They say the backbone of any basketball squad is its backcourt, the two guards who are in charge of protecting the ball. At CSUN, the men’s basketball team has one of the strongest backbones in the country—and that only partially has to do with what they do on the court.
Scholar-athlete Josh Greene has drawn attention for his prowess on the court and in the classroom. His teammate, Allan Guei, is just as phenomenal, as evidenced by the new documentary, “Free Throw.”
“Free Throw” highlights the then-Compton High senior Guei as he’s invited to participate in a free throw competition at his school. The organizer of the event, Court Crandall, is a screenwriter who asked friends and associates for donations to create a fund for kids at the school. Crandall’s son, Chase, played high school basketball in affluent Manhattan Beach, and knew the kids at Compton High had the ability to go to college but not the funds. Crandall raised $40,000 and decided to host a competition—a free throw contest with the seven entrants chosen randomly—to find a recipient of the funds.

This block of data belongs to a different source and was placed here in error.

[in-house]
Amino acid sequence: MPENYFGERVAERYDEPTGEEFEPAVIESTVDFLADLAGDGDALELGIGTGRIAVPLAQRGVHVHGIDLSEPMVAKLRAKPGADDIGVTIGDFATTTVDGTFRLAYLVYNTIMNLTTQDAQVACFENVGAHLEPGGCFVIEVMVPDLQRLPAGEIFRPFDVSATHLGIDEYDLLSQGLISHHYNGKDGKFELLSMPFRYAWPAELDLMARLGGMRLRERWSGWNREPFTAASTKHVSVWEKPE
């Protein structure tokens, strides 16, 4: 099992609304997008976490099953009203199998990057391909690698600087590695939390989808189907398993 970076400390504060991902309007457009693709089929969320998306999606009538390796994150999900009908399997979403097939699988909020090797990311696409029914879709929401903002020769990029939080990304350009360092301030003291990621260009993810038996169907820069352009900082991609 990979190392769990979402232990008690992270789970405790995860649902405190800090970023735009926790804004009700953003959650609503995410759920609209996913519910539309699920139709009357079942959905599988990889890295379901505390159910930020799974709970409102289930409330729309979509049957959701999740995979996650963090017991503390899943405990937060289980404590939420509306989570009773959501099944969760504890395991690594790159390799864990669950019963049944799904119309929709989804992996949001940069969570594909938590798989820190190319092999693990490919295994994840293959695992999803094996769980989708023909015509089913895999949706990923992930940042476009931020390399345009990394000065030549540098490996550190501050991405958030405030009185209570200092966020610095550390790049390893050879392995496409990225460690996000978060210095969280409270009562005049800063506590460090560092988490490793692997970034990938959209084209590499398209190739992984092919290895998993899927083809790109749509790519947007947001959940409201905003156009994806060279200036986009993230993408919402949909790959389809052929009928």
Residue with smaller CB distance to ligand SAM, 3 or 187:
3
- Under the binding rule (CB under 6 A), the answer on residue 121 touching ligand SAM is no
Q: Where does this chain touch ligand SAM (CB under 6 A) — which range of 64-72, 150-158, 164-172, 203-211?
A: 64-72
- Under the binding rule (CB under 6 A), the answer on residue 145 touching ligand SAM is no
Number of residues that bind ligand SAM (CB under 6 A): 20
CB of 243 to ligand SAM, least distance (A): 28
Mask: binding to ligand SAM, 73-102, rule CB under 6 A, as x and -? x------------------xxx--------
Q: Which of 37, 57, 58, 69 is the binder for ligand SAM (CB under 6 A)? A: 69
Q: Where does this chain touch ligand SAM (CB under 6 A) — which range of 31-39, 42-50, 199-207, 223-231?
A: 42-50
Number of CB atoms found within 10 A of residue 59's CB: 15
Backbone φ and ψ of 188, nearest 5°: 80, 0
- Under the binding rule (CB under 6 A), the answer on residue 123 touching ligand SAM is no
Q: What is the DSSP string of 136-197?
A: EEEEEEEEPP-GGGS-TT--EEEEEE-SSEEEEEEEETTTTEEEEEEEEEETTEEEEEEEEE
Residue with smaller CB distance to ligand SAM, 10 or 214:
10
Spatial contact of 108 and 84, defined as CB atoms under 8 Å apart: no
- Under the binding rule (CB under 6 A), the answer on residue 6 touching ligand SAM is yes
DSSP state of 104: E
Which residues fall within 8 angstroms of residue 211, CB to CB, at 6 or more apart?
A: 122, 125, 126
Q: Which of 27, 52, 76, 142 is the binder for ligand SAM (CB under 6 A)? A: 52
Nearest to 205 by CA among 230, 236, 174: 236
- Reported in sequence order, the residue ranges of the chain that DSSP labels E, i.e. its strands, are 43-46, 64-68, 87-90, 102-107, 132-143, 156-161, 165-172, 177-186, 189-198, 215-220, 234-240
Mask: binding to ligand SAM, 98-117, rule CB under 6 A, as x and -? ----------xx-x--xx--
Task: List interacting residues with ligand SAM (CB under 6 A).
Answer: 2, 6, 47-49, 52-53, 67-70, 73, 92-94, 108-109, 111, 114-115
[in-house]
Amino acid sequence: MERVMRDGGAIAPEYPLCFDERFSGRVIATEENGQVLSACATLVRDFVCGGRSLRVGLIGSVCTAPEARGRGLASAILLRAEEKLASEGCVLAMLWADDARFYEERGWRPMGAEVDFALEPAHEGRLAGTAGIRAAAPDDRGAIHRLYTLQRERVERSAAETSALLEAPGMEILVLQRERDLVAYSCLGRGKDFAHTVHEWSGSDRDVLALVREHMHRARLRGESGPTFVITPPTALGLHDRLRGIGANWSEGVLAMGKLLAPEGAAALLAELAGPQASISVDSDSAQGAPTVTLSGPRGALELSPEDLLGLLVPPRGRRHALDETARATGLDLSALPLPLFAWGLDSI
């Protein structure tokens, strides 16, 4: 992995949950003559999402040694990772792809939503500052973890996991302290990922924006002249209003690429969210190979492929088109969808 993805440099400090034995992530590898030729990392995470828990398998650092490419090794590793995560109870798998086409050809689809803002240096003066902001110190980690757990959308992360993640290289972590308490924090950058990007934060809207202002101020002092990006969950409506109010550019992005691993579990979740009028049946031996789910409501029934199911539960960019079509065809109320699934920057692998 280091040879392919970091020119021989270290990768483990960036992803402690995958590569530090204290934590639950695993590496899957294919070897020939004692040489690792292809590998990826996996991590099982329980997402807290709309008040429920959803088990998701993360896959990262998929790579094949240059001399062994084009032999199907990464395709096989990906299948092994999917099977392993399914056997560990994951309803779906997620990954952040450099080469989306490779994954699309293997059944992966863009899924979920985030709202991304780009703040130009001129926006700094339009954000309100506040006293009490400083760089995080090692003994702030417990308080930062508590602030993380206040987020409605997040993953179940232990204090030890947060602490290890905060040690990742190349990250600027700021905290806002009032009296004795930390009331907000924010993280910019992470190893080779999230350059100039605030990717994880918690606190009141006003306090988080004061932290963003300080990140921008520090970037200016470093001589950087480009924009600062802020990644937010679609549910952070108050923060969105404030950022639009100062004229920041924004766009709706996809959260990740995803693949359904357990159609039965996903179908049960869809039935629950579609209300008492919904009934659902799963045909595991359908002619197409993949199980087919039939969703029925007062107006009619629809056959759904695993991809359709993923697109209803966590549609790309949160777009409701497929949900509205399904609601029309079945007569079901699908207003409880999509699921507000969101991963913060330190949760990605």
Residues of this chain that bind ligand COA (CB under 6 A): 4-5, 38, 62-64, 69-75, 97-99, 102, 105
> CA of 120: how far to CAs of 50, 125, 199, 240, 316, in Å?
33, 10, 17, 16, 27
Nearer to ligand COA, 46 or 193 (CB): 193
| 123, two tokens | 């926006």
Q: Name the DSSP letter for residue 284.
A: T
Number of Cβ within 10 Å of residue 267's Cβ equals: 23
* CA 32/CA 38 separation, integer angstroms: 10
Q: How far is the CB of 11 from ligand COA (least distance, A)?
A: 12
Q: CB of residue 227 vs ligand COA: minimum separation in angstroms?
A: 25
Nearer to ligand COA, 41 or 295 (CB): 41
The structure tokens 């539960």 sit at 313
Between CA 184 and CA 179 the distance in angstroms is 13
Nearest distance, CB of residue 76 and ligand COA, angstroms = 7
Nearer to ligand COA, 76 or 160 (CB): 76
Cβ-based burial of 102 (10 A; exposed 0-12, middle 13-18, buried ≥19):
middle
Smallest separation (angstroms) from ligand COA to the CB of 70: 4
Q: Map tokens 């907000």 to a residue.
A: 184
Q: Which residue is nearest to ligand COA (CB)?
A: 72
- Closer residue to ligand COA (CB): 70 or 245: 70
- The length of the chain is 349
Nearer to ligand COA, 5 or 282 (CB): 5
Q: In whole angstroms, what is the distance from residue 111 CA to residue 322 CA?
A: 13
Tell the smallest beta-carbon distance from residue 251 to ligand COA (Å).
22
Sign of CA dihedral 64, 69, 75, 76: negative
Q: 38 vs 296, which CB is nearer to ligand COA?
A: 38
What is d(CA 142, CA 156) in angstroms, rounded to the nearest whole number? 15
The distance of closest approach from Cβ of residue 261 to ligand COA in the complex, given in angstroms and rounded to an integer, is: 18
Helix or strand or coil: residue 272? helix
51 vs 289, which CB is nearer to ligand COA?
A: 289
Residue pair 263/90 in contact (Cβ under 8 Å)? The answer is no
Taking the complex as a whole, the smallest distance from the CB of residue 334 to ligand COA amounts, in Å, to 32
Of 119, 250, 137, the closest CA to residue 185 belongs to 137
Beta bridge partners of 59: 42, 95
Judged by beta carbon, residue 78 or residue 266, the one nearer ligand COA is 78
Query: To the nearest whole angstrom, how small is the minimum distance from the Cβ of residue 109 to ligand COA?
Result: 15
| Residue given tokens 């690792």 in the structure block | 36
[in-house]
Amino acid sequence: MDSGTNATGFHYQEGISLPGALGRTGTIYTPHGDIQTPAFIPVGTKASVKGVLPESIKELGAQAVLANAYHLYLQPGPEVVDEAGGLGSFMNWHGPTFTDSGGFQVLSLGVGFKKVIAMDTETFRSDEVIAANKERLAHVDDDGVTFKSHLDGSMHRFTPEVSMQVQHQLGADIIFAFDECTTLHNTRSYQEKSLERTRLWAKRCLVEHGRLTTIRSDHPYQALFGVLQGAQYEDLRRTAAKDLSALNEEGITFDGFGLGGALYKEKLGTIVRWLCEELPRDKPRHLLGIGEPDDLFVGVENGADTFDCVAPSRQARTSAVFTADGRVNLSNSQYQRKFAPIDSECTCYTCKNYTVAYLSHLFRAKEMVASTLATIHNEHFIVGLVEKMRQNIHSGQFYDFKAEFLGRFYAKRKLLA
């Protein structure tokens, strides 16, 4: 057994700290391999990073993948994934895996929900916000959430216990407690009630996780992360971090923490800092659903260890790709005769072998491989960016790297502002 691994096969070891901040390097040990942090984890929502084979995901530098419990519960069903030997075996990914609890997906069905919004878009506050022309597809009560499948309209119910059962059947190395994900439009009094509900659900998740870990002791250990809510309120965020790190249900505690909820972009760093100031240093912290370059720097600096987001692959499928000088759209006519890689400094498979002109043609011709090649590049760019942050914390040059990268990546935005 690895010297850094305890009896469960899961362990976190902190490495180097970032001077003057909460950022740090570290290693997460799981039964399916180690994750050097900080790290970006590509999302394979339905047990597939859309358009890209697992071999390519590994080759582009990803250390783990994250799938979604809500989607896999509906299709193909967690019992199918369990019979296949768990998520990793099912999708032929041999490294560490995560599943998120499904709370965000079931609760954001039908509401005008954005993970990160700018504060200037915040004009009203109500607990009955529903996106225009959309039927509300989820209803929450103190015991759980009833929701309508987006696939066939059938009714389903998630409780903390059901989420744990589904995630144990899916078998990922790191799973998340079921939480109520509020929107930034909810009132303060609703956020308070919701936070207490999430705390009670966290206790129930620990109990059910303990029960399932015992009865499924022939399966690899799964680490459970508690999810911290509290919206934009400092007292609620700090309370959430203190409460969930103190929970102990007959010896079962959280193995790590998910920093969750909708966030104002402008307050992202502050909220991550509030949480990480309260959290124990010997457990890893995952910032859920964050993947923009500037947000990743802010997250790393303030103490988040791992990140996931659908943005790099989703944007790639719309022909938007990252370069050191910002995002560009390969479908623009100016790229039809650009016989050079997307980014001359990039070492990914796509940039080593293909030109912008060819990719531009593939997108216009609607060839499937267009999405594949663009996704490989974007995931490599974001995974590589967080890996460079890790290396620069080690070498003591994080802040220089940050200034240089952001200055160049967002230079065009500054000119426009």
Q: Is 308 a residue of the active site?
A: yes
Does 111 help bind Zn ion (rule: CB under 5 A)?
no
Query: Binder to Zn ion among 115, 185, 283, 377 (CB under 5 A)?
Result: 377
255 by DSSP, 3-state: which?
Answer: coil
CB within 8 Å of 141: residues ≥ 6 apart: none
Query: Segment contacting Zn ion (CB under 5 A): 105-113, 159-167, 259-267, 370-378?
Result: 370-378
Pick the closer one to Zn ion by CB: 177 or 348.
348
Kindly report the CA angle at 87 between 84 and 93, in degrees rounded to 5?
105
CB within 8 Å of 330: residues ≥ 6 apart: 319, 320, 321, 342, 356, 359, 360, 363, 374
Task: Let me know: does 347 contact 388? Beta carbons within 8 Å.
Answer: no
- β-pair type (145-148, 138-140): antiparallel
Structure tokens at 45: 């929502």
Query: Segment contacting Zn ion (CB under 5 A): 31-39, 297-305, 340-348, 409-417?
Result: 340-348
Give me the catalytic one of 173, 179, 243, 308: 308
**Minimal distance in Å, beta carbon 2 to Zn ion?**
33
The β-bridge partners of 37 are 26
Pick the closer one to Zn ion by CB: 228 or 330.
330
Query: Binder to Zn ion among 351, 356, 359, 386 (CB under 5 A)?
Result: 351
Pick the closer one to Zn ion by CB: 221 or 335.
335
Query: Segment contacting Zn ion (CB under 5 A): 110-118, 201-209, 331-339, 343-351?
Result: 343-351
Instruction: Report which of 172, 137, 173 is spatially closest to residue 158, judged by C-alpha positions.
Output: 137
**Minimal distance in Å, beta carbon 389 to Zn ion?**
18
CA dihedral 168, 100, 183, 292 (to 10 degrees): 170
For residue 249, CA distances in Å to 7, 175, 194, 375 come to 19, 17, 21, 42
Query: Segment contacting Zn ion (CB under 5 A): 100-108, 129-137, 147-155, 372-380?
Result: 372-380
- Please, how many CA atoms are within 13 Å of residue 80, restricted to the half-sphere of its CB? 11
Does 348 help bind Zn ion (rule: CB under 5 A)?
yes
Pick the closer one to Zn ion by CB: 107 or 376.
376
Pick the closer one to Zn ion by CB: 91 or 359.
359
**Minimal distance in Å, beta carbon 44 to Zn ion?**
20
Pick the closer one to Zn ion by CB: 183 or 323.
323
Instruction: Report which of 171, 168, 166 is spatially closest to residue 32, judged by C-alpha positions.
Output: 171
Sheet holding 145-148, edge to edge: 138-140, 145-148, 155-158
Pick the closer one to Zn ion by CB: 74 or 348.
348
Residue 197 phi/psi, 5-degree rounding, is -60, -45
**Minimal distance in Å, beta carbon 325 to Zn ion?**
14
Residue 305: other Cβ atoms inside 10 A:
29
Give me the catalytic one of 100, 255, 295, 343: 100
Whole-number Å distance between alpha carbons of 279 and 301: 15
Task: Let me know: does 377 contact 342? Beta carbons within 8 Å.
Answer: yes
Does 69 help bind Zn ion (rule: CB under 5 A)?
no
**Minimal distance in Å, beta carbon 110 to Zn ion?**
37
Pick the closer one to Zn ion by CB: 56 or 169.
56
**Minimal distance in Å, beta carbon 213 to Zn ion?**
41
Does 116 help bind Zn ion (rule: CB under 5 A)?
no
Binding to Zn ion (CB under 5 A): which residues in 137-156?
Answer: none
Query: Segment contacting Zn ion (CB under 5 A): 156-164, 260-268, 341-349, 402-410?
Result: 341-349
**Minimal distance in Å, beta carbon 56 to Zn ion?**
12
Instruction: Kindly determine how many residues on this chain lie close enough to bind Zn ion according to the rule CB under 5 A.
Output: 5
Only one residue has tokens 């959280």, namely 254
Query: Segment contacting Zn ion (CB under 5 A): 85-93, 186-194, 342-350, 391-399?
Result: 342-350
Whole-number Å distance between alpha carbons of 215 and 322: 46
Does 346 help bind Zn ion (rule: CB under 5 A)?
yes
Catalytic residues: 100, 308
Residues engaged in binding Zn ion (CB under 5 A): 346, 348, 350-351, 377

Guei was one of those chosen. Some grumbled it was unfair. After all, he had received a full scholarship to CSUN. But when Guei threw the winning shot, what he did next silenced his detractors and caught everyone’s attention. He gave the $40,000 to the other kids who participated, including one who couldn’t shoot because of a pregnancy.
“I mean, if I already ate and somebody’s starving next to me,” Guei told ESPN, “I’m not going to eat again, right? People I’ve never met in my life find me and go, ‘I’m so proud of you. I’m so proud of what you did. Friend me. Call me.’ I’ve never had that kind of thing in my life.”
Read more: Guei Made Sure That Everybody Won [ESPN]